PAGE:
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Under The Microscope

THE CHANGING WORLD, Edited by Patricia Fara, Peter Gathercole, and Ronald Laskey; The Darwin College Lectures, Cambridge University Press, 1996; 200 pages; $49.95

Reviewed by Vincent Gray

As an old-time graduate of Cambridge University, I sometimes have difficulty keeping up with all the new colleges. Darwin College is a graduate college established in 1964, which organises an annual lecture series by outside experts on current topics; this is the 1994 collection. The title is a catch-all for a set of rather miscellaneous subjects, the majority of which are political rather than scientific.

There is, however, one outstanding scientific essay: The Genetic Revolution by Kay Davies. It is one of the best up-to-date, short (18-page) surveys of this subject I have seen. The whole topic is a classic example of a huge technological advance set off by fundamental scientific discovery -- the chemical nature of DNA by Avery and Co, and the double helix structure by Watson, Crick and Co. It is a discovery which has already changed all of our lives and promises much more.

The article on The Aids Pandemic by Roy Anderson is almost as good. It takes a more detached view of this disaster than is usual, comparing it with other historical epidemics, and predicting that it is likely to follow a similar course. The facts and figures are very useful.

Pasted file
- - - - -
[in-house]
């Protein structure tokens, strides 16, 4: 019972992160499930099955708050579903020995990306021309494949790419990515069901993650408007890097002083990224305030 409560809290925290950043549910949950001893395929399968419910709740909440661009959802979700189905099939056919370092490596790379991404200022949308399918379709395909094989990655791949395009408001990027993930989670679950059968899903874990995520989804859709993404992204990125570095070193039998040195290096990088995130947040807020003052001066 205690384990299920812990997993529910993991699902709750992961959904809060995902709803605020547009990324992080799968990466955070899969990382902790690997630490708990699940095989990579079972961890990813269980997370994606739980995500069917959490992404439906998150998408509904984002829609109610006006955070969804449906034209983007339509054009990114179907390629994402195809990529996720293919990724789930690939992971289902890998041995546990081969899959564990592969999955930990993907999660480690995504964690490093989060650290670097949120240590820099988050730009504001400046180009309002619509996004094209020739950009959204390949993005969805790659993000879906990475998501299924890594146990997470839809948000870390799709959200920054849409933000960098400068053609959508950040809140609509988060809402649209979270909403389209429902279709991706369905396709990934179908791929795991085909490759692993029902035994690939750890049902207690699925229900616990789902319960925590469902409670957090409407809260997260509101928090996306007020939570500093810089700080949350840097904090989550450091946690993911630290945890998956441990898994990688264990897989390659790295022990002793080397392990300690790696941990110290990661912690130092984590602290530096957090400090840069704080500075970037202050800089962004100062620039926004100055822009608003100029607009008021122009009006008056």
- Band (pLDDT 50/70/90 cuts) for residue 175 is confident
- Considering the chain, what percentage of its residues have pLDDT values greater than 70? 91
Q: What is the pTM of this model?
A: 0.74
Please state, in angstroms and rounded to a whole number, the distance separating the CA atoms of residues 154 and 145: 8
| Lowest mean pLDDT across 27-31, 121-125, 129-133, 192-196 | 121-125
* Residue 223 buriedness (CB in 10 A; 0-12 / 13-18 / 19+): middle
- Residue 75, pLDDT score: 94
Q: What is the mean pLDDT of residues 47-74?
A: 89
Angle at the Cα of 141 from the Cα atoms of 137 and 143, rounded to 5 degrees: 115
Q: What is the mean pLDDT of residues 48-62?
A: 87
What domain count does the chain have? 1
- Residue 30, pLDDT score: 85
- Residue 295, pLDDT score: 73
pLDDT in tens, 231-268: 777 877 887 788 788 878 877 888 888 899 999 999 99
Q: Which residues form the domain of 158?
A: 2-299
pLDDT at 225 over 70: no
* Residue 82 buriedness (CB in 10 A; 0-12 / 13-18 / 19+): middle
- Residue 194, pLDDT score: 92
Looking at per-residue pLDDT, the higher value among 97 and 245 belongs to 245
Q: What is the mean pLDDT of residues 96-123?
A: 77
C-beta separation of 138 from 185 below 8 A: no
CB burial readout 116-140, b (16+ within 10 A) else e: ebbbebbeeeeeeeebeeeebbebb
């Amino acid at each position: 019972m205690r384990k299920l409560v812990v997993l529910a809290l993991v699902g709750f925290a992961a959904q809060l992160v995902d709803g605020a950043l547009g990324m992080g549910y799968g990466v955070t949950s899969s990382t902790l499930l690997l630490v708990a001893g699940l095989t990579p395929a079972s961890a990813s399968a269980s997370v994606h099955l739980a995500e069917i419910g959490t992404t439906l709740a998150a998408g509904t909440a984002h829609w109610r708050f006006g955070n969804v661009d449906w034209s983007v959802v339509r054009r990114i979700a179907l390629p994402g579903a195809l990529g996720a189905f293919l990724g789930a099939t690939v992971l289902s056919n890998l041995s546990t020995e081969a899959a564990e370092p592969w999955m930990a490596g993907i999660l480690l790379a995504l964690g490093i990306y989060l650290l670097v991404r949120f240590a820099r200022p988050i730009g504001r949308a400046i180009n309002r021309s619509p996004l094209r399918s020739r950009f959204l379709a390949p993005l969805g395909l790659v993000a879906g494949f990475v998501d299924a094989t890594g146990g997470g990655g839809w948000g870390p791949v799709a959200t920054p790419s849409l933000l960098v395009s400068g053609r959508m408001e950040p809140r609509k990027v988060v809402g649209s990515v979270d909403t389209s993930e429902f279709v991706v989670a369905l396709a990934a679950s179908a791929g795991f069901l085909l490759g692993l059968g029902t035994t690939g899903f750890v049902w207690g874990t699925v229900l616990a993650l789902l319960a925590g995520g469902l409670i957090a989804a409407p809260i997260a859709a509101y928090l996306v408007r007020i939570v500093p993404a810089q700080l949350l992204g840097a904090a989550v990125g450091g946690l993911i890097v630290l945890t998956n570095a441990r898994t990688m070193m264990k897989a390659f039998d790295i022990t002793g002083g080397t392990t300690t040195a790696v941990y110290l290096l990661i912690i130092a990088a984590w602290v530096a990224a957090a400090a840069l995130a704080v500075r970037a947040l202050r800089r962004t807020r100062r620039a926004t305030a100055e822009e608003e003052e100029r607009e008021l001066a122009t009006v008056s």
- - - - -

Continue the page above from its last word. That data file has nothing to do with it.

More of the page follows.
The rest, besides being political, are rather ephemeral, and lacking in solid facts. They start with Desmond Tutu, our contemporary saint, who gives a valuable view on the new South Africa, but with little we do not already know.

Helena Kennedy on Human Rights takes a typical lawyers' view, where passing laws tends to take precedence over considerations of how the laws are to be enforced.

Fred Halliday on Religious Fundamentalism in Contemporary Politics gives a useful summary of this major threat to human rights. Sara Parkin on Environmental Security writes a typical environmentalist tract. Other topics tackled in short fashion are The Role of the United Nations and Europe.

The book is rather short, and rather expensive for those only interested in one of the topics. For those with wider interests it might be considered worthwhile.